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Author Topic: Seeking advice for portable solar panels  (Read 10435 times)
AndyF2
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« Reply #20 on: January 25, 2008, 11:51:47 AM »
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No. Im suggesting that unless he gets extra triple remote (which he may be) people who live in huts usually use Photovoltaics (solar panels) or wind for power


SMM
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The thought had caught me as funny, though I expected you hadn't actually meant that.

It would be interesting to know how much energy is needed to charge a type of battery, how efficient the charger is, and so on.  Then we would know how much propane, liquid fuel, or other source is needed per charge.  

A flexible solar panel would be the lightest to carry, but how many hours of clear sky is needed to charge on battery.

Wonder if anyone has written up those experiments?

I did look around and fuel cells seem to be too expensive or too new to be the single power source to depend on.
Andy
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robertjm
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« Reply #21 on: January 25, 2008, 02:14:46 PM »
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I searched for this some time ago in another forum, but now can't find the results  .
I remember there wasn't much enthusiasm for using solar recharging on trek.

Someone in this thread suggested trying to recharge in villages. My experience is that on many treks, you don't allways camp near a village, which means you may not have enough time to do a recharge. It would be different if you were saying in lodges, they may have *some* electricity from solar or a generator.

Even for long treks I relied on batteries and this worked out fine so far, even for a period of three weeks. I computed the number of shots I'd expect to take [based on previous experience and the card capacity], and made a rough estimate of how many batteries I'd need.
You are probably limited in the weight you can take, but I'd look into this option.

BTW: someone in this thread suggested using the dual slots in the D3 for your file back-up. Seems like an excellent idea to me.
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John Camp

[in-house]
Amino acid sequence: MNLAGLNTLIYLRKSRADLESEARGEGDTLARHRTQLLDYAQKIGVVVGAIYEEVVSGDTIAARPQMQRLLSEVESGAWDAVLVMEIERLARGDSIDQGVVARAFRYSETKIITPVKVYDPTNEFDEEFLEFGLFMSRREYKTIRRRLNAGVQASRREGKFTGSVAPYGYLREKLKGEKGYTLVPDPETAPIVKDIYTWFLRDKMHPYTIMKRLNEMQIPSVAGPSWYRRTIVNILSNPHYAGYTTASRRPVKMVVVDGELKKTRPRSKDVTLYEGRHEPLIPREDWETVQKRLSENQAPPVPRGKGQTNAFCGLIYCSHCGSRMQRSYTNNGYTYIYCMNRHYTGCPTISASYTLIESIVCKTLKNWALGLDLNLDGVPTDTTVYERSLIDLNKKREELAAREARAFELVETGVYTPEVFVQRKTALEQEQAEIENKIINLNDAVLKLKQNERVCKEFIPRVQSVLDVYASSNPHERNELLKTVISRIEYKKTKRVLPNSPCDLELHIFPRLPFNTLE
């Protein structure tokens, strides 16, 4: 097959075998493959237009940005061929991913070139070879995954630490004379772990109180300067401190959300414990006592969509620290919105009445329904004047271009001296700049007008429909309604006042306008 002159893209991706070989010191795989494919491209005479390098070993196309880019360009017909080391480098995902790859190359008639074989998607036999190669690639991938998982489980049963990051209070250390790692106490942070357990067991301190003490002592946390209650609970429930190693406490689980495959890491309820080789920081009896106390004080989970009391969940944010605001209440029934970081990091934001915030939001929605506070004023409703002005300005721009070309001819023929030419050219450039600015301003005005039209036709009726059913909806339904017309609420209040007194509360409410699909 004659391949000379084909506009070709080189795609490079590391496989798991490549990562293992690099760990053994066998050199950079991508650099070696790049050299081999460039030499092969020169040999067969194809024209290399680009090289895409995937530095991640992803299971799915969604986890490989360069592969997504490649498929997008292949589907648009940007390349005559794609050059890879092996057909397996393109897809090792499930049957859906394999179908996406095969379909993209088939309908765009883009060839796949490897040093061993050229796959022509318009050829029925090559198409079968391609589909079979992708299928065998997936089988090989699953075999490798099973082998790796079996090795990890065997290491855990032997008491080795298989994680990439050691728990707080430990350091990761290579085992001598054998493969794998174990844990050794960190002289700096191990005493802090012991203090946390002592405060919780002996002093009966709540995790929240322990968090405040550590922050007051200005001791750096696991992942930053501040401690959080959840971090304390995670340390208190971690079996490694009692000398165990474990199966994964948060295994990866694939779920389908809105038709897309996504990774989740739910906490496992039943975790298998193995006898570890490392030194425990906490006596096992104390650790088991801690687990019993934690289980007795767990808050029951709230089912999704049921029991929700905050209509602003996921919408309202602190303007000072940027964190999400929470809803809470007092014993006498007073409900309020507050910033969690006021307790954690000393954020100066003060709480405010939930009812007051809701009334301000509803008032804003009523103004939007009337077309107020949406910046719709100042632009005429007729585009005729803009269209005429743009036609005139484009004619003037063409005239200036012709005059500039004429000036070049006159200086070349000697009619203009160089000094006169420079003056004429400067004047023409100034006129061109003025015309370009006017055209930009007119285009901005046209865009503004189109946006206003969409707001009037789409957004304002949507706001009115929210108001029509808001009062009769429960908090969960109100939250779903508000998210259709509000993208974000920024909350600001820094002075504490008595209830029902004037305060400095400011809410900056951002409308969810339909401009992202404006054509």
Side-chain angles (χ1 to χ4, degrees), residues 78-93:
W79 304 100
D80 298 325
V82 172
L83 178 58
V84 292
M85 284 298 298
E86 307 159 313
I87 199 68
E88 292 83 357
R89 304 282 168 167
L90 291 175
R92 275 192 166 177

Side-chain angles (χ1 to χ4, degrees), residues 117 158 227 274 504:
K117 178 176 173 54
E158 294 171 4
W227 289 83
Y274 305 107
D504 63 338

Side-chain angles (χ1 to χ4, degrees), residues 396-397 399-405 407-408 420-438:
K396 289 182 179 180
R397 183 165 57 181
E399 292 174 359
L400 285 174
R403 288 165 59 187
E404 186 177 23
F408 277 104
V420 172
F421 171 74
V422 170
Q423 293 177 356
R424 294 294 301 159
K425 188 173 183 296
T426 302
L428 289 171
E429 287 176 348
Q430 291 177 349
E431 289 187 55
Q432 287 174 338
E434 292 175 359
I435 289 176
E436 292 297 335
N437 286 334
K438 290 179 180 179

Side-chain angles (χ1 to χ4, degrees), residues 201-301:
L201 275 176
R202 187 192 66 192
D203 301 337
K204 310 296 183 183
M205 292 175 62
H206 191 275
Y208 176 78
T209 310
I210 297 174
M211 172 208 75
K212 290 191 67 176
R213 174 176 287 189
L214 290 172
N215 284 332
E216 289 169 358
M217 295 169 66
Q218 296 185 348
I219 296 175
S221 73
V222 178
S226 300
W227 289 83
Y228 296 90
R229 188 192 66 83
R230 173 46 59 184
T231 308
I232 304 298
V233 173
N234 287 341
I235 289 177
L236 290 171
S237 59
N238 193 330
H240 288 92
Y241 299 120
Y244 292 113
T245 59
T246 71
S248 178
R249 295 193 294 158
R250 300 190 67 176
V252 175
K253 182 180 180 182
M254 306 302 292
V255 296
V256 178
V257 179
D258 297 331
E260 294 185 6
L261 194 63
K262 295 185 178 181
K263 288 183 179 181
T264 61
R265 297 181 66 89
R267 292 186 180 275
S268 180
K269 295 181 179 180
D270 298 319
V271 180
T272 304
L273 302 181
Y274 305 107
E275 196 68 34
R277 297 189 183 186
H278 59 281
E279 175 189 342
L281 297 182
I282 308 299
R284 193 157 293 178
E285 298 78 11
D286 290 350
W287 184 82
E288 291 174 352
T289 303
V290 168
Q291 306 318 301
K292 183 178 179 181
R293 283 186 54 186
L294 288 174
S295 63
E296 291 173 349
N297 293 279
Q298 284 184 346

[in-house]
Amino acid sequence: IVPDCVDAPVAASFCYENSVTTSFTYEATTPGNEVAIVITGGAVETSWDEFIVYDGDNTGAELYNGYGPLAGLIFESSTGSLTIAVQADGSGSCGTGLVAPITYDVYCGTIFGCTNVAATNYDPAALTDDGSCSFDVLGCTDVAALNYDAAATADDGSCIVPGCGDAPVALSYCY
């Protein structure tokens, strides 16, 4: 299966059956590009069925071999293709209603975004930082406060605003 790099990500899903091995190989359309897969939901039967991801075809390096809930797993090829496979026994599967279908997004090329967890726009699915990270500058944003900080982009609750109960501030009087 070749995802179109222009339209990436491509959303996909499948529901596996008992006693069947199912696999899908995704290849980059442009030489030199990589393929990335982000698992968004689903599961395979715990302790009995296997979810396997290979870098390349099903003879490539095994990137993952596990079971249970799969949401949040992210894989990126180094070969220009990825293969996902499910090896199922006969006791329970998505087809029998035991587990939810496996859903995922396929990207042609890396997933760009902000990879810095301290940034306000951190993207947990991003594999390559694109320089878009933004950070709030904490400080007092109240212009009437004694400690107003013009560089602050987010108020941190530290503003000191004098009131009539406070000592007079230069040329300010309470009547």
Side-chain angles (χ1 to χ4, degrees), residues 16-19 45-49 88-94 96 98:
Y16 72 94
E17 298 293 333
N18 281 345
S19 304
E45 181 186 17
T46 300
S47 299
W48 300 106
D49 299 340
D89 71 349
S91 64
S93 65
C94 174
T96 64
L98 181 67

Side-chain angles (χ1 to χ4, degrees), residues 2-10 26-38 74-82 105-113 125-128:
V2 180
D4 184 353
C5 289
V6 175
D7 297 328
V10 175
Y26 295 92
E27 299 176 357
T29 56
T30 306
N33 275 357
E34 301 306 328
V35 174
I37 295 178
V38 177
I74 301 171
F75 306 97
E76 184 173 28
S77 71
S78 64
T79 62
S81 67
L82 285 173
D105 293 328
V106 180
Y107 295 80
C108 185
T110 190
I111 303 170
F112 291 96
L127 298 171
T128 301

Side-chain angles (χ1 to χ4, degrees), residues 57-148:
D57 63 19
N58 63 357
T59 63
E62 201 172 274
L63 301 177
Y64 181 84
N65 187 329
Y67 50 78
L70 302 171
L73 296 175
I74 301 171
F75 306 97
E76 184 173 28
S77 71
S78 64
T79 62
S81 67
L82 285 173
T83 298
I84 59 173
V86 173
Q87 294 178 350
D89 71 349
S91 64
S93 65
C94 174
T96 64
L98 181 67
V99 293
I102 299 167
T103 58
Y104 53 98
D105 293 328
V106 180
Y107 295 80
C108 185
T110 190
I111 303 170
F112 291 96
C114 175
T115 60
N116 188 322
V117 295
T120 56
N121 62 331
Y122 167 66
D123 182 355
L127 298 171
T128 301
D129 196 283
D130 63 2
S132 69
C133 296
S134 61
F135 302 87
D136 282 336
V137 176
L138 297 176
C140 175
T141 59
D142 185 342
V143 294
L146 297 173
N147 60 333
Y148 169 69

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« Reply #22 on: January 25, 2008, 04:25:27 PM »
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I just spent two weeks in Iraq, didn't know what the charging possibilities would be (they were actually pretty good) and so took three batteries along for my D3. I did recharge, but it wasn't absolutely necessary. I took several hundred shots, raw+jpg, and may have used the equivalent of one whole charge. I think the lightest solution for you might be to take as many batteries as you think you'll need, and then add one or two. If you're actually trekking for two weeks (that is, spending most of the daylight hours moving, rather than shooting) I can't see you using more than two or three batteries, unless it's really cold. If it's cold...that's another problem. You might need to rig something to carry the batteries close to your body...Under normal conditions, though, two batteries would get you probably at least a hundred shots a day, for all fourteen days. Add what you need to that...Or, you could send me a few hundred dollars, and I'd fed-ex you a perfectly good F5...

I also took 32 gigs of memory, and didn't get close to using it. Left the photos on the cards as my "backup" to my laptop.

JC
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wolfnowl
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« Reply #23 on: January 26, 2008, 12:33:36 AM »
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Bernard:

This may be a stupid question, but are you going to be making day trips from one base camp, or traveling every day?  The reason I ask is that solar panels obviously only work with daylight, so unless you can leave the solar panel somewhere to charge things while you're out making photographs, its not going to be a lot of use to you.  I don't know how long it takes to charge, say a D3 battery from a solar panel, but it may be longer than you want to sit around and wait.  Just a thought...

Mike.